I was having a "don't want to cook" night, and nothing seemed easy enough. My daughter-in-law e-mailed me a recipe for a butternut squash lasagna that she had just made but she couldn't convince me that it "wasn't any trouble at all." Yeah right. When non-vegans make lasagna they just have to scoop the ricotta out of a container. Vegans have to make the "ricotta." And there was the part about baking the squash and making the sauce. On and on. I thought lasagna was trouble BEFORE I was vegan, which is why it's usually served on special occasions and at potlucks when you're trying to show off.
But the squash part reminded me that I could make a pressure-cooked soup without much effort. I hadn't planned to post about it since I had recently done that, but a few changes in the seasonings produced a result that surprised us with its fabulous flavor. I have to warn you that it was really spicy. Maybe even a little too spicy for me. I think I had smoke coming out of my ears, but my fire-eating son pronounced it the best soup he'd ever had.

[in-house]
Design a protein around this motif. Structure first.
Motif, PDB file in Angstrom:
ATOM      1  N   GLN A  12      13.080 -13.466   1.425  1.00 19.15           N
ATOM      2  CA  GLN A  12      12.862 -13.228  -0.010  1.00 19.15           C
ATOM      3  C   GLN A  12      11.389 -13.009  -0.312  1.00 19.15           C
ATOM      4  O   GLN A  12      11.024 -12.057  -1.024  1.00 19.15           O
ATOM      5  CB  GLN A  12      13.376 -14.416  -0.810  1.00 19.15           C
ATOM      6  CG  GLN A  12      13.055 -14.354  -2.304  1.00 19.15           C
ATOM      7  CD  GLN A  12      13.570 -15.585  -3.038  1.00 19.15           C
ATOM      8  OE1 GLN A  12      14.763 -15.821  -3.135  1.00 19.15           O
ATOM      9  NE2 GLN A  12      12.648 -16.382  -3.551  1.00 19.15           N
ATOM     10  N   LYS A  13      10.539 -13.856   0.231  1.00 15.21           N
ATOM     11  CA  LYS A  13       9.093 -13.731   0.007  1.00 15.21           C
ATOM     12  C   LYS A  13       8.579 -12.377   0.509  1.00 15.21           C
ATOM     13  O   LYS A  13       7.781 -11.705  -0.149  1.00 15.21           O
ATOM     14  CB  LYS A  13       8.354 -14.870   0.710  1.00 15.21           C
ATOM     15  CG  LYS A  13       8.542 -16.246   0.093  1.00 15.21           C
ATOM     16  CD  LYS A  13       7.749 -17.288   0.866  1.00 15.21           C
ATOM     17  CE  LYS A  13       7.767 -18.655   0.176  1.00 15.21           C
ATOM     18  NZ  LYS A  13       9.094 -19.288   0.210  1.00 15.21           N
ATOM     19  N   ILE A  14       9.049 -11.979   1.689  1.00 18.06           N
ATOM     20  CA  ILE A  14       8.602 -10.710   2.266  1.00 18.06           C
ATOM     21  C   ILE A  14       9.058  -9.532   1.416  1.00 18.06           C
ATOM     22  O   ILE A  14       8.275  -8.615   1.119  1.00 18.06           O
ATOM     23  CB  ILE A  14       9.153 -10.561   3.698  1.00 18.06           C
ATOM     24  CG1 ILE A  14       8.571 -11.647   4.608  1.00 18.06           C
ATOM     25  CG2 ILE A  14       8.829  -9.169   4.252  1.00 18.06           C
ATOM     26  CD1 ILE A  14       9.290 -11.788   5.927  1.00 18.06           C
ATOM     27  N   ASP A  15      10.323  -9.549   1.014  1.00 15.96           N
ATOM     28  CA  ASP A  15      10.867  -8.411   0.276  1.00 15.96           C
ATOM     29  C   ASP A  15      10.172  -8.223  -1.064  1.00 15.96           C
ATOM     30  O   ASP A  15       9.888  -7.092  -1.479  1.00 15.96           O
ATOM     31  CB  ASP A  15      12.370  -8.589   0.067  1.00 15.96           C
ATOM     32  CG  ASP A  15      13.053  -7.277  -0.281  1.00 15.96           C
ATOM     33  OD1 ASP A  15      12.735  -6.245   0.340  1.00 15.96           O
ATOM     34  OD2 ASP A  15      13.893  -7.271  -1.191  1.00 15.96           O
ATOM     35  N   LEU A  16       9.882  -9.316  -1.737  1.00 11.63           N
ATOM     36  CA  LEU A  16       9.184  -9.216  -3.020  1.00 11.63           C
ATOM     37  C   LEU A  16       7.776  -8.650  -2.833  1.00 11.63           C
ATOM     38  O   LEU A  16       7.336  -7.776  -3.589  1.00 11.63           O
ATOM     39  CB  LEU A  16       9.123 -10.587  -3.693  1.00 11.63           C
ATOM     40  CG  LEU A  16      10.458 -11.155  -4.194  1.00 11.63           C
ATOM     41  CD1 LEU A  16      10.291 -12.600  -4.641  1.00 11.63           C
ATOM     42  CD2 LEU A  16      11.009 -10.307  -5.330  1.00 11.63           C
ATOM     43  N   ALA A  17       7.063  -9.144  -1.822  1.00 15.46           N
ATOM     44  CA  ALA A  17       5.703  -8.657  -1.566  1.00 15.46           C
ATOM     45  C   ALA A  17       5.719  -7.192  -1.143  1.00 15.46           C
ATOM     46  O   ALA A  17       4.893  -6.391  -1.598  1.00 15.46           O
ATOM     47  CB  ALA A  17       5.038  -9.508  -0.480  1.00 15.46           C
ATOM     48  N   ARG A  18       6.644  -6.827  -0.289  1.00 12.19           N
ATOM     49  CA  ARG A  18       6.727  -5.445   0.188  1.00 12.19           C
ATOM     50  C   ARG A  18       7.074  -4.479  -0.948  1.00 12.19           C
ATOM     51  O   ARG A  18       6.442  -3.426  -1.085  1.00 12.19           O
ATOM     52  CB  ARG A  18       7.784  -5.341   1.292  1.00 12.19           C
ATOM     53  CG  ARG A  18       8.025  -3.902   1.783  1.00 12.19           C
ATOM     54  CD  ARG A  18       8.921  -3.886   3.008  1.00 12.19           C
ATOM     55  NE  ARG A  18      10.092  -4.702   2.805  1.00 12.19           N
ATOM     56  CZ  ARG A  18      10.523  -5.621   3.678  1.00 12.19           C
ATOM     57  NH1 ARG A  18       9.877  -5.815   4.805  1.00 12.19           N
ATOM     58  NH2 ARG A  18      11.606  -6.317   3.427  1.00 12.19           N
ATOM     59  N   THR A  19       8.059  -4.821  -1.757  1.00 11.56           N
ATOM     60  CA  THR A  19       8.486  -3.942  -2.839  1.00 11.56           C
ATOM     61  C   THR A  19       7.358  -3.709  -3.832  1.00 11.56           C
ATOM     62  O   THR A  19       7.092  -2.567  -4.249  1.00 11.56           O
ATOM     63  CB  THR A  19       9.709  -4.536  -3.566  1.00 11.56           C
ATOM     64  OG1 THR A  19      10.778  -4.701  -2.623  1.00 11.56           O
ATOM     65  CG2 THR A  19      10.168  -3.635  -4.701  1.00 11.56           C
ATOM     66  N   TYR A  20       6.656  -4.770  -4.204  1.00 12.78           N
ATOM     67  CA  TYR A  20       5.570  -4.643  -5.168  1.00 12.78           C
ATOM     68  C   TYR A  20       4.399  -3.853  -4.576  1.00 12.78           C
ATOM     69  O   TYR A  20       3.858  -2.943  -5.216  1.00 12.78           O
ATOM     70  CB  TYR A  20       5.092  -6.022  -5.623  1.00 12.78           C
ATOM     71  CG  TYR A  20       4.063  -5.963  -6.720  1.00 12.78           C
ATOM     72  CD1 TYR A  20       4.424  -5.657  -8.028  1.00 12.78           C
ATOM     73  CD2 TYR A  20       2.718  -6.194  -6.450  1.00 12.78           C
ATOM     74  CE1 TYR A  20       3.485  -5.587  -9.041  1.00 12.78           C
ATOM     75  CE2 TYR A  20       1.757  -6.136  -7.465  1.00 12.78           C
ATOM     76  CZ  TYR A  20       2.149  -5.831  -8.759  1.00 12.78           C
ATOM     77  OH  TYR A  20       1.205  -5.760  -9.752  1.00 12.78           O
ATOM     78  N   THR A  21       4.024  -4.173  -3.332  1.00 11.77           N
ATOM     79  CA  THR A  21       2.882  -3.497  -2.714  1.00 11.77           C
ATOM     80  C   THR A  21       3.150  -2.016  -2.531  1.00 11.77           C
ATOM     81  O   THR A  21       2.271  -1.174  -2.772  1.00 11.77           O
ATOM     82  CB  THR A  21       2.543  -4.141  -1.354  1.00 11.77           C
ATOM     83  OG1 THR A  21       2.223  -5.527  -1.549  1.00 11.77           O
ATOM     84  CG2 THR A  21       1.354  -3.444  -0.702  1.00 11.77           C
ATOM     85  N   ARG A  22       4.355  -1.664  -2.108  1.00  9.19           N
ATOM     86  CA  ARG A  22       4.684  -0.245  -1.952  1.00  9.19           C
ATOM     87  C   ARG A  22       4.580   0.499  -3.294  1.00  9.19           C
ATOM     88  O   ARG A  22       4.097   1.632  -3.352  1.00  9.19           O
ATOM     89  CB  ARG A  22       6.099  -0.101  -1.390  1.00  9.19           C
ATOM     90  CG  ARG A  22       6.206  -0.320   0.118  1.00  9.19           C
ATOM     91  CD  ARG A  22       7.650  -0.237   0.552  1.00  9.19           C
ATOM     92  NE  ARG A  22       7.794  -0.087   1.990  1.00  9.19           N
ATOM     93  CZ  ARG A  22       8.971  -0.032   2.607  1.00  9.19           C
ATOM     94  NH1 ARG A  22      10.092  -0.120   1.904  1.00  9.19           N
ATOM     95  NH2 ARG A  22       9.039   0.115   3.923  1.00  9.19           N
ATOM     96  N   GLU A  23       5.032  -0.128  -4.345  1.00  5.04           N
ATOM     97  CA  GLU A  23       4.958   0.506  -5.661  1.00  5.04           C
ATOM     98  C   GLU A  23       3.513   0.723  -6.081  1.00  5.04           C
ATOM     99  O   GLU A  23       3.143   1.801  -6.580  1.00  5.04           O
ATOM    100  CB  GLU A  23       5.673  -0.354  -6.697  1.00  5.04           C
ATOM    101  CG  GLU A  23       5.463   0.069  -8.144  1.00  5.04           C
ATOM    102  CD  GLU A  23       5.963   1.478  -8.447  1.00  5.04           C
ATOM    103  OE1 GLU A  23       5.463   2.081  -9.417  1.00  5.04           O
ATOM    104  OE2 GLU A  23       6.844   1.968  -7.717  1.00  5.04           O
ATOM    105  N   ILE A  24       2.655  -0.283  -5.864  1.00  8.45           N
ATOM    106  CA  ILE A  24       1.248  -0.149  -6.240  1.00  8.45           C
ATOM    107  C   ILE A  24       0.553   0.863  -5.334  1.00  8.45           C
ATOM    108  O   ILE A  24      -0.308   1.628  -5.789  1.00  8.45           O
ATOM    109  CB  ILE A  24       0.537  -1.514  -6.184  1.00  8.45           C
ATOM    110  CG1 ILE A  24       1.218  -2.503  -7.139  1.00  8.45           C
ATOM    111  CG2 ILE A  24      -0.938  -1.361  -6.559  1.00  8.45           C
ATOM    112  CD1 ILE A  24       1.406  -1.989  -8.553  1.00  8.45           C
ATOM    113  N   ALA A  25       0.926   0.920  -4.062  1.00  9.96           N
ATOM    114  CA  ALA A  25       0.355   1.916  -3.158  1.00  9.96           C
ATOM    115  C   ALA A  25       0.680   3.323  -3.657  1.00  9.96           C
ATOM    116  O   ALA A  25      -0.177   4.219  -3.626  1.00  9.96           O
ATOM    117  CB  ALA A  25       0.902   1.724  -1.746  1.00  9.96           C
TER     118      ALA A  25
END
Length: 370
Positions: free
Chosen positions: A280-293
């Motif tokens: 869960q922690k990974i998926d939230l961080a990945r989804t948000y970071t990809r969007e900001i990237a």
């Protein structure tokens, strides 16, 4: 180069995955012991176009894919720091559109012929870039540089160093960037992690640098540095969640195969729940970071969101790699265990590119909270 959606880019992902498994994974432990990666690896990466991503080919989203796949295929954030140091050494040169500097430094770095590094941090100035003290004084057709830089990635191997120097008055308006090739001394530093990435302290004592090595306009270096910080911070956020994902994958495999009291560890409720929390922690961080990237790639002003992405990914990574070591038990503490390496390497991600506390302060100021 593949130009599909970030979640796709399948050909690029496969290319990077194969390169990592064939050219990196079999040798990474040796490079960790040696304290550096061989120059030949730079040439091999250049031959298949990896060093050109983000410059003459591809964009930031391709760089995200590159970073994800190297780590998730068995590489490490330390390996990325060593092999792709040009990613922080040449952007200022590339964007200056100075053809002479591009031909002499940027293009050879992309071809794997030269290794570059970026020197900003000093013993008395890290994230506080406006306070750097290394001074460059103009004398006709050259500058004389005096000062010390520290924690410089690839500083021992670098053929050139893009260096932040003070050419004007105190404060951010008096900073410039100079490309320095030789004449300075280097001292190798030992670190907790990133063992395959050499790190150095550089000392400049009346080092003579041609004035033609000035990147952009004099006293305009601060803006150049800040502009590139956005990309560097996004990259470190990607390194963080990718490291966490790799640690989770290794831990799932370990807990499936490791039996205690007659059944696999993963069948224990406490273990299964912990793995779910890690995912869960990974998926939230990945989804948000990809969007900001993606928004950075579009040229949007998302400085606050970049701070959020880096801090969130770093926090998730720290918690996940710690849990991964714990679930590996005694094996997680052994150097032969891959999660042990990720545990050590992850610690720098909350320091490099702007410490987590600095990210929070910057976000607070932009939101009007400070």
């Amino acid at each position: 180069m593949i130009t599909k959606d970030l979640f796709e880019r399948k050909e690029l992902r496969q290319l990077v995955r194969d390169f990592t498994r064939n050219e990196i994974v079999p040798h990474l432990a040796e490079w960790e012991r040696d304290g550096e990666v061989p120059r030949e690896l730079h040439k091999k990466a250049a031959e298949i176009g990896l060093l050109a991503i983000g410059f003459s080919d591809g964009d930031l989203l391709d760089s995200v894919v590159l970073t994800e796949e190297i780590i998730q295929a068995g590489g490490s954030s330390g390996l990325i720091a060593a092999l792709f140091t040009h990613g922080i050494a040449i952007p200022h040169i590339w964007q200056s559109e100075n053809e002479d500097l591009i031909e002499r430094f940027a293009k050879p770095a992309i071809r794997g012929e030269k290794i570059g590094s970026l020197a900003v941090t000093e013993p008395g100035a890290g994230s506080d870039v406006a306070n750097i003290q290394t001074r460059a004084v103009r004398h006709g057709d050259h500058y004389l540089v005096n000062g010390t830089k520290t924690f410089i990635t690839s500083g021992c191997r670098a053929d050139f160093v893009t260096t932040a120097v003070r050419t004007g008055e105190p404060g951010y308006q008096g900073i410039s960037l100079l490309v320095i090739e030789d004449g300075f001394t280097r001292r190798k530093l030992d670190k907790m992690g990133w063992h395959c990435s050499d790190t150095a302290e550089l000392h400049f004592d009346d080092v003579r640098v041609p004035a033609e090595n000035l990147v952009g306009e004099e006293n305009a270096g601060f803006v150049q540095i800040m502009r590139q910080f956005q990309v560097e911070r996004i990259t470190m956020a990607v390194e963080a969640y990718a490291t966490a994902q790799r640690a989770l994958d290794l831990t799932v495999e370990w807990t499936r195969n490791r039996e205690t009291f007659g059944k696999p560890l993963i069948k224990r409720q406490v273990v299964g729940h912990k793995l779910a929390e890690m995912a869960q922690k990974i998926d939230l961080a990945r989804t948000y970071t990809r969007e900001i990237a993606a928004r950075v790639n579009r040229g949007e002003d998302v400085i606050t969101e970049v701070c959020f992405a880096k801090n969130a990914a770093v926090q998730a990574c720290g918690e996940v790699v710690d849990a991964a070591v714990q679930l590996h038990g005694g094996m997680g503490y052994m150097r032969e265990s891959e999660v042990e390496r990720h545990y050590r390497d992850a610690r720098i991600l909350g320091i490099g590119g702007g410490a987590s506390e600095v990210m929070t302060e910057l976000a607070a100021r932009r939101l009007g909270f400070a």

I used two delicata and one acorn squash but you can use any dry-fleshed squash like butternut or buttercup.
Spicy winter soup
- Winter squash equivalent to one large butternut squash
- 1 large onion, chopped
- one tablespoon extra virgin olive oil
- two or three pieces crystallized ginger
- 1 large clove garlic, minced
- 1/2 teaspoon chipotle powder
- 1 teaspoon truffle oil or virgin olive oil
- Sauté the chopped onion in the pressure cooker until it softens and starts to brown. Remove to a small bowl.
- Cut the ends off the squash, split in half, remove seeds and cut into large pieces. Place in the pressure cooker with six (approximately) cups of water. Cook at pressure for five minutes. Bring pressure down quickly. Lift the squash out with a slotted spoon and place in a bowl to cool a little. When the squash is cool nough to handle, scrape the flesh out with a spoon and put the skin in the compost.
- Put the squash back into the pot with onion, garlic, ginger, chipotlé, oil and salt to taste. (I used a scant half teaspoon of salt.)
- Use an immersible blender to purée the soup to creamy perfection. (Or use an actual blender.)